78. Vinod Says:

    Now that we have GWT 2 and Spring 3, has anyone tried this lately?

  79. Kirti Says:

    This integration works and helped me a lot but after integration this.getThreadLocalRequest() method invocation in my serviceImpl class returns null. Please help

  80. shan Says:

    Hi ..
    Great article..I see a lot of people here have got prob with the execution of the code given… specially the “Failed to get a quote” issue, has any one come out with a solution for this.. I am using tomcat 6.0.10 so the version should not be the issue.. If any one had cracked this please reply..

  81. jay | “Failed to get a quote” Says:

    >> “Failed to get a quote”

    I managed to get it working with Spring 3.x & GWT 2.x. & Tomcat 6.0.26. The example still works great and made me save a lot of time and hassle, now I’m up to getting a MAVEN build for the project.

    To overcome the :
    “Not compatible with HttpSevlet: org.example.gwtwisdom.server.QuoteServiceImpl (does your service extend RemoteServiceServlet?) Unable to dispath request” (you’ll see this in the Tomcat log). In the browser: “Failed to get a quote” . I did what Tomcat asked:

    public class QuoteServiceImpl extends RemoteServiceServlet implements QuoteService
    {
    ….
    }

    i.e. extend the RemoteServiceServlet and voilà! Everything is running smoothly.

  82. Deepak Singh Says:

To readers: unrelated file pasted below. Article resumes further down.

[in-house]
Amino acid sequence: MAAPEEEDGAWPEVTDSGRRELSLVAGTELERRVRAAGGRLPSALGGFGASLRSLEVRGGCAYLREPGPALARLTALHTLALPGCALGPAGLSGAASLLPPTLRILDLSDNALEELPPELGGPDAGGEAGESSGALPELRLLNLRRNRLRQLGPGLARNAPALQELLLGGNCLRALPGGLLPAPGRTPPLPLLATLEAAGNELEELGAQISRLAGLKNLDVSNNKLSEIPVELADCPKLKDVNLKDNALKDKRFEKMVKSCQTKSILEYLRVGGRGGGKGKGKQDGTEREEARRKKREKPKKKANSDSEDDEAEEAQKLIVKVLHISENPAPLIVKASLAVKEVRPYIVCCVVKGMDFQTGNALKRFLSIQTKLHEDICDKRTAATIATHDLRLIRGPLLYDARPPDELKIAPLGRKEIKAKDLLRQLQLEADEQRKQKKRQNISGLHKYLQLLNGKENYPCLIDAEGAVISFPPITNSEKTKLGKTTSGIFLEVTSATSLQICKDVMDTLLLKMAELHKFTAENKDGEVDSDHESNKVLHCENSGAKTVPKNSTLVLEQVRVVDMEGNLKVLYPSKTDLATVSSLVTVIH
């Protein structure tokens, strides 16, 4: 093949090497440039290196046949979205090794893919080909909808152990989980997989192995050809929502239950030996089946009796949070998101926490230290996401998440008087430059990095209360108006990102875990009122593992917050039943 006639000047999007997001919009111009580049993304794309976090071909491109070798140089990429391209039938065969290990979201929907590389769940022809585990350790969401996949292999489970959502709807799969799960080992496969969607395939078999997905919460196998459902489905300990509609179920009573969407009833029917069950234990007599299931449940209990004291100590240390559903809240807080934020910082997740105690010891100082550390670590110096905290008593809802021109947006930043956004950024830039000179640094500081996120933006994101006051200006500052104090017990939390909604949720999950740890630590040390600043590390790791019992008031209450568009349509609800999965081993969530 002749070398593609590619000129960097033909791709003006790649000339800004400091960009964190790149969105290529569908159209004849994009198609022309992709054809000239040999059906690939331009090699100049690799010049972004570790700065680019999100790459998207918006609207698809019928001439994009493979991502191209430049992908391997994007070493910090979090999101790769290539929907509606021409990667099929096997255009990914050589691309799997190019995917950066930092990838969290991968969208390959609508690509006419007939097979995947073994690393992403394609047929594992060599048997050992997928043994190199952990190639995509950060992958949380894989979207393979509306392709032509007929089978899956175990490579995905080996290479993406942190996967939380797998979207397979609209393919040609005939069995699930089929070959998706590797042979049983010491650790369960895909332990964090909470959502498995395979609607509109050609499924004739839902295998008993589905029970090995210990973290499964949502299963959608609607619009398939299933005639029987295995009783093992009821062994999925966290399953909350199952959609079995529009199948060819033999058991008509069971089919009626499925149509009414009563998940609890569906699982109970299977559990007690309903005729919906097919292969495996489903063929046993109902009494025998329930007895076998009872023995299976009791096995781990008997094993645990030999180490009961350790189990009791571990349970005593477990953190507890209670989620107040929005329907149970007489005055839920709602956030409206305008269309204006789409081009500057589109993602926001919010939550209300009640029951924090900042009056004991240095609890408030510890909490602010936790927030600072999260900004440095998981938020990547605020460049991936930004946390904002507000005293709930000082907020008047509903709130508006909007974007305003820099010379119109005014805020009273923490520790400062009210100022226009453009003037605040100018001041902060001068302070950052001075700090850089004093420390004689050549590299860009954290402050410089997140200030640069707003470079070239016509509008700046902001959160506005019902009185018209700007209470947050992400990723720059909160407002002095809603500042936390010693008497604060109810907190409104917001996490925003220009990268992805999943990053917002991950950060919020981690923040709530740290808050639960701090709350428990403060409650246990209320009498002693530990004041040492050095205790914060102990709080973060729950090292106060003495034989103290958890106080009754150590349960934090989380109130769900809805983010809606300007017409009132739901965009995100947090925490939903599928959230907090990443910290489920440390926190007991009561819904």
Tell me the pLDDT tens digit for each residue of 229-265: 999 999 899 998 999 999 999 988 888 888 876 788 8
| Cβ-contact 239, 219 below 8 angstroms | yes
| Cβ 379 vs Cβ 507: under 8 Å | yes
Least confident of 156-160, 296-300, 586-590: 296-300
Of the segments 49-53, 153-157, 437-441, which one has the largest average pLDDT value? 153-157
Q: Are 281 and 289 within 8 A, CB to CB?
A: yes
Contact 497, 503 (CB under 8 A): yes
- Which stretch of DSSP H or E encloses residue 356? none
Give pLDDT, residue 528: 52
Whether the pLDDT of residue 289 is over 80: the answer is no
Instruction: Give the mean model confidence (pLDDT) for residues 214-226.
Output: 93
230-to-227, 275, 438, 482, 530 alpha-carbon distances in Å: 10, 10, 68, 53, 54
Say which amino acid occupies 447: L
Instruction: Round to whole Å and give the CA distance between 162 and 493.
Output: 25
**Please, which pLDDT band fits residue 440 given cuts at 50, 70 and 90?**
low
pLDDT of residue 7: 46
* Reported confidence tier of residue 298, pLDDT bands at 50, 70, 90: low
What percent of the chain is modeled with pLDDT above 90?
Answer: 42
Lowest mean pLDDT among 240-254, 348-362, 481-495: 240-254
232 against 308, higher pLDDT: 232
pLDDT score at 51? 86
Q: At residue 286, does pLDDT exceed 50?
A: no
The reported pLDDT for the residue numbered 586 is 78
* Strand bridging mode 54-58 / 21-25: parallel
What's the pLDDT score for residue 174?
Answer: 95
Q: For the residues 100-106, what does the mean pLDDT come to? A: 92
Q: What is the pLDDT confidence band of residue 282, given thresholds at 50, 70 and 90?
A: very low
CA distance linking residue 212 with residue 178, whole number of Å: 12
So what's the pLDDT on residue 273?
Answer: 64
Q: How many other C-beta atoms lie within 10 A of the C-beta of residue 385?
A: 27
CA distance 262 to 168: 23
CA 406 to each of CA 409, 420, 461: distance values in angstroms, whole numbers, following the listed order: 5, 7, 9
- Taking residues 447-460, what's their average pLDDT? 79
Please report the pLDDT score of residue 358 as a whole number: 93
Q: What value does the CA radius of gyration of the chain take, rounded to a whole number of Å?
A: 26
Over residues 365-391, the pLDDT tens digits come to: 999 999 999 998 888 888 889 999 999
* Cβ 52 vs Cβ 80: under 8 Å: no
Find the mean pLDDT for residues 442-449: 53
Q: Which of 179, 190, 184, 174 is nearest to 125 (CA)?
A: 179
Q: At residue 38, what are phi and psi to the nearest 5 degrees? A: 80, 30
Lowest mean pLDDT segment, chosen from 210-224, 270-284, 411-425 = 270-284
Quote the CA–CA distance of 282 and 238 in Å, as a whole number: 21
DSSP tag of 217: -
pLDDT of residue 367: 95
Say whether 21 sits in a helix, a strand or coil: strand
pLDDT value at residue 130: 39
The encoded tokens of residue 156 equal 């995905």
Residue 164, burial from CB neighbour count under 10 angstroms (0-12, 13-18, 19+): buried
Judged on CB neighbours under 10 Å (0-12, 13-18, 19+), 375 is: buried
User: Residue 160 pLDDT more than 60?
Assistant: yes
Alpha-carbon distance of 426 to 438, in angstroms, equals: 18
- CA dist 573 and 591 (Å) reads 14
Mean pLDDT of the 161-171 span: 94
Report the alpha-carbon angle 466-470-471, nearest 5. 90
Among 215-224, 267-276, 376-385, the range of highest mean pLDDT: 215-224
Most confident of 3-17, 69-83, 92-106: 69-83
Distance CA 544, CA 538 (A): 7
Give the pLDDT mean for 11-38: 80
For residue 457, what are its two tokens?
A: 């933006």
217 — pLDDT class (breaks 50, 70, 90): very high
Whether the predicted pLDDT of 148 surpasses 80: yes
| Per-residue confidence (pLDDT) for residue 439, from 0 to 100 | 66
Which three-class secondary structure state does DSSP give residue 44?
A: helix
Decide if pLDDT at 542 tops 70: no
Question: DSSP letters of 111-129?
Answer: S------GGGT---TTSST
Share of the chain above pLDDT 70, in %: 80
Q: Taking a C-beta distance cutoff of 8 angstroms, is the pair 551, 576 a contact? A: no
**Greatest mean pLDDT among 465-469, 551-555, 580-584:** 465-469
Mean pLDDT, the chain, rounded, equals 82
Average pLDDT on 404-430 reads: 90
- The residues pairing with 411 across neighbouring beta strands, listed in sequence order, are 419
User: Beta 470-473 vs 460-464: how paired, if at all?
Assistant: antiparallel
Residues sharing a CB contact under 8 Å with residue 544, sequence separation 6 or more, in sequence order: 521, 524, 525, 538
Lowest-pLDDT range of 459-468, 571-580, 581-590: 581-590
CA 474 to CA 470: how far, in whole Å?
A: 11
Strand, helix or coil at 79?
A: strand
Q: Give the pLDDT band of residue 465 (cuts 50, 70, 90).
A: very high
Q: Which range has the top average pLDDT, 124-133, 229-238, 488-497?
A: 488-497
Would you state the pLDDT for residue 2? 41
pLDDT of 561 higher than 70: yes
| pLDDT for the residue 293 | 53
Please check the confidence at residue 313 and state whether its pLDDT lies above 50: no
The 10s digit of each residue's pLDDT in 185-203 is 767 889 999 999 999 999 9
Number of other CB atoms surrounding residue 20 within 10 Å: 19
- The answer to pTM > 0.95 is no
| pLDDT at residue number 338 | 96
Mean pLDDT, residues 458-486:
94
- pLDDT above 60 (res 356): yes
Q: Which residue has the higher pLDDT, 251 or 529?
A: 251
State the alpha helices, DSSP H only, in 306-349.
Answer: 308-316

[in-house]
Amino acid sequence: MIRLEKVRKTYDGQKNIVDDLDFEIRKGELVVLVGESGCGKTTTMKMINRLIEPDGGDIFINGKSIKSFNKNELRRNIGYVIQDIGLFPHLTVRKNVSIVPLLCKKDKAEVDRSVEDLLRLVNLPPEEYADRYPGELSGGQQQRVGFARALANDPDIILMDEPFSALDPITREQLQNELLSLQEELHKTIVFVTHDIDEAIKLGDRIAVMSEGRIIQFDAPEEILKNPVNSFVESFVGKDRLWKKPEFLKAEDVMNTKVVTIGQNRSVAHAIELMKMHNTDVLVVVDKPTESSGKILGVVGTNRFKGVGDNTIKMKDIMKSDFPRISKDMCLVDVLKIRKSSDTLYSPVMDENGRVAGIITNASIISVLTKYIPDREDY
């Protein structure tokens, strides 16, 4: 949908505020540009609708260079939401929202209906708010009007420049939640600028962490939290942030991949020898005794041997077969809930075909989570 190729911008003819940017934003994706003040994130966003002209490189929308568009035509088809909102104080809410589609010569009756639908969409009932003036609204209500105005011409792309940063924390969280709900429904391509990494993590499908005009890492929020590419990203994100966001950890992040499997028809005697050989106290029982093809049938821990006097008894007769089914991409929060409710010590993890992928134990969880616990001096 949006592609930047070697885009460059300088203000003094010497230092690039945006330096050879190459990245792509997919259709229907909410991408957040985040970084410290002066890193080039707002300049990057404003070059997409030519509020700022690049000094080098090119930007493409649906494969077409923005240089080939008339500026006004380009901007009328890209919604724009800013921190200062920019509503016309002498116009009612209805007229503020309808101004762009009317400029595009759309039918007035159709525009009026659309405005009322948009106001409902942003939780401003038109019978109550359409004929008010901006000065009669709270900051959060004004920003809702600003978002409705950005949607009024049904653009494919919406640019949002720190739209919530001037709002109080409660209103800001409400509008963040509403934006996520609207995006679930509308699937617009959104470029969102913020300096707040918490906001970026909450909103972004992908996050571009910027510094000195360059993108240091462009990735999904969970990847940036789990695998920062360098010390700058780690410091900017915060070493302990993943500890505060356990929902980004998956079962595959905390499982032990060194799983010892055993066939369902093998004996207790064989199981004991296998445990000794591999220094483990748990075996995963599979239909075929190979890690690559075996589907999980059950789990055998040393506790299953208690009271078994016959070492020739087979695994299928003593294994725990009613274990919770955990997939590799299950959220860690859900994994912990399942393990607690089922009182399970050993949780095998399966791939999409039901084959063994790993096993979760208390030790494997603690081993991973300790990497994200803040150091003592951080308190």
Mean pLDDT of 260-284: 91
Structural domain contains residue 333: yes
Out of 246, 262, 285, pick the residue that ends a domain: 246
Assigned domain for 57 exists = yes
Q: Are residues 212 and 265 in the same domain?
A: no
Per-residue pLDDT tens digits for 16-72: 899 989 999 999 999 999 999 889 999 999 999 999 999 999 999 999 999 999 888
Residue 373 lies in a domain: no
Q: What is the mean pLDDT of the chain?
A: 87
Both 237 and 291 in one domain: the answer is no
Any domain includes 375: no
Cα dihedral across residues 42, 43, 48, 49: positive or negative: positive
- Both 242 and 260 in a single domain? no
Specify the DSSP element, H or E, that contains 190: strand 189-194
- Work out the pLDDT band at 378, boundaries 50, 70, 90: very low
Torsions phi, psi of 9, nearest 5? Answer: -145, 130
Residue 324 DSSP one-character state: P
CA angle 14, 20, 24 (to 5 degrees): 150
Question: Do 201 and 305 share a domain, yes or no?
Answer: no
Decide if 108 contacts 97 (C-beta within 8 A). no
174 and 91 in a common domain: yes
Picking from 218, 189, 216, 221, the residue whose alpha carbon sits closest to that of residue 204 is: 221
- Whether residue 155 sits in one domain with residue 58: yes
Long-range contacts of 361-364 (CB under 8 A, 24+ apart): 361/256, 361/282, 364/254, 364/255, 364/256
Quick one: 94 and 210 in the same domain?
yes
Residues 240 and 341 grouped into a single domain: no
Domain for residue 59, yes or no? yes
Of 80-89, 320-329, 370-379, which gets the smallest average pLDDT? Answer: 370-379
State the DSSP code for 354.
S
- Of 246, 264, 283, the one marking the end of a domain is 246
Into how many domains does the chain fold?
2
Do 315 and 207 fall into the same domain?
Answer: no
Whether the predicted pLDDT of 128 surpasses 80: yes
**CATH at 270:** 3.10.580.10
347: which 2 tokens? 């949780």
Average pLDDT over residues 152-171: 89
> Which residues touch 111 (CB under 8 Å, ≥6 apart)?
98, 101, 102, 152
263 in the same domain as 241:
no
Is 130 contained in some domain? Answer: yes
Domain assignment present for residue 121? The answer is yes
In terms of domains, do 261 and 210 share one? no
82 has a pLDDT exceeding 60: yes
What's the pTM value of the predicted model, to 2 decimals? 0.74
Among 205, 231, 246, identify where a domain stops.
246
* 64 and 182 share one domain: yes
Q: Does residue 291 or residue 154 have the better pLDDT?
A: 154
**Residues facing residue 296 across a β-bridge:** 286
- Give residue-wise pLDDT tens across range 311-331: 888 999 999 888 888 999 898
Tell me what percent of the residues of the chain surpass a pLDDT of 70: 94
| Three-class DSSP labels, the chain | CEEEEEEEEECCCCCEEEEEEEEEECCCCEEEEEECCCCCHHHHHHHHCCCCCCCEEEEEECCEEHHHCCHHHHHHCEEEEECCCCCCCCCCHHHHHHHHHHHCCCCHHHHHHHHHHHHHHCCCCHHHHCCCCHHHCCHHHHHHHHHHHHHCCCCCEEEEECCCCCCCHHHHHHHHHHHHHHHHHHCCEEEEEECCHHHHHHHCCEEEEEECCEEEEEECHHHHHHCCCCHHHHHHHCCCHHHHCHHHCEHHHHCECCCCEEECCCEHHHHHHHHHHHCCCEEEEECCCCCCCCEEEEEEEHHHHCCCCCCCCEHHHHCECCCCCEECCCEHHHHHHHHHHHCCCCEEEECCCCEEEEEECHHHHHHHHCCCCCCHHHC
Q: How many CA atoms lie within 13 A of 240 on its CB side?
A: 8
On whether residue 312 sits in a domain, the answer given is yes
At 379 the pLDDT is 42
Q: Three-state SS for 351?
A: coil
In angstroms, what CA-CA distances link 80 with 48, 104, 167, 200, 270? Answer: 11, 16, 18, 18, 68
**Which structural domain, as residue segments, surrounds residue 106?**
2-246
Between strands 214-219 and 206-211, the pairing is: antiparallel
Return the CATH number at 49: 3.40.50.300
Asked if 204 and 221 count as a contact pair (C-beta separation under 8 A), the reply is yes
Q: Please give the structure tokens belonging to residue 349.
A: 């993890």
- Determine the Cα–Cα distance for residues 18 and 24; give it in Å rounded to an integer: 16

Really a nice explanation. This had helped me a lot in understanding the approach in integrating spring & gwt. Probably similar approaches are followed in GWT-SL libraries, and now they (GWT-SL) have some advanced one too.

  83. Namit Karlekar Says:

    Thanks a bunch.. This helped me out a lot..

  84. Jeff Says:

    Incredibly helpful. I didn’t — at all — expect it to compile and run smoothly when but (minus one typo), it ran flawlessly.

    I looked around for a “Donate” button on your page but couldn’t find anything. Any way to buy you a PayPal beer?


  85. [...] giving-gwt-a-spring-in-its-step [...]

  86. Chicagoan Says:

    A gift that keeps giving! Thanks bro, this was very helpful!


  87. I never thought of it that way, well put!

  88. kapustmaks Says:

    Всем Привет! Кто знает где находится село дебесы?.

  89. vinu Says:

    Hi

    Thanks a lot for this example,which helps me alot..have a click on the spring-gwt integration..

  90. Parvinder Kumar Says: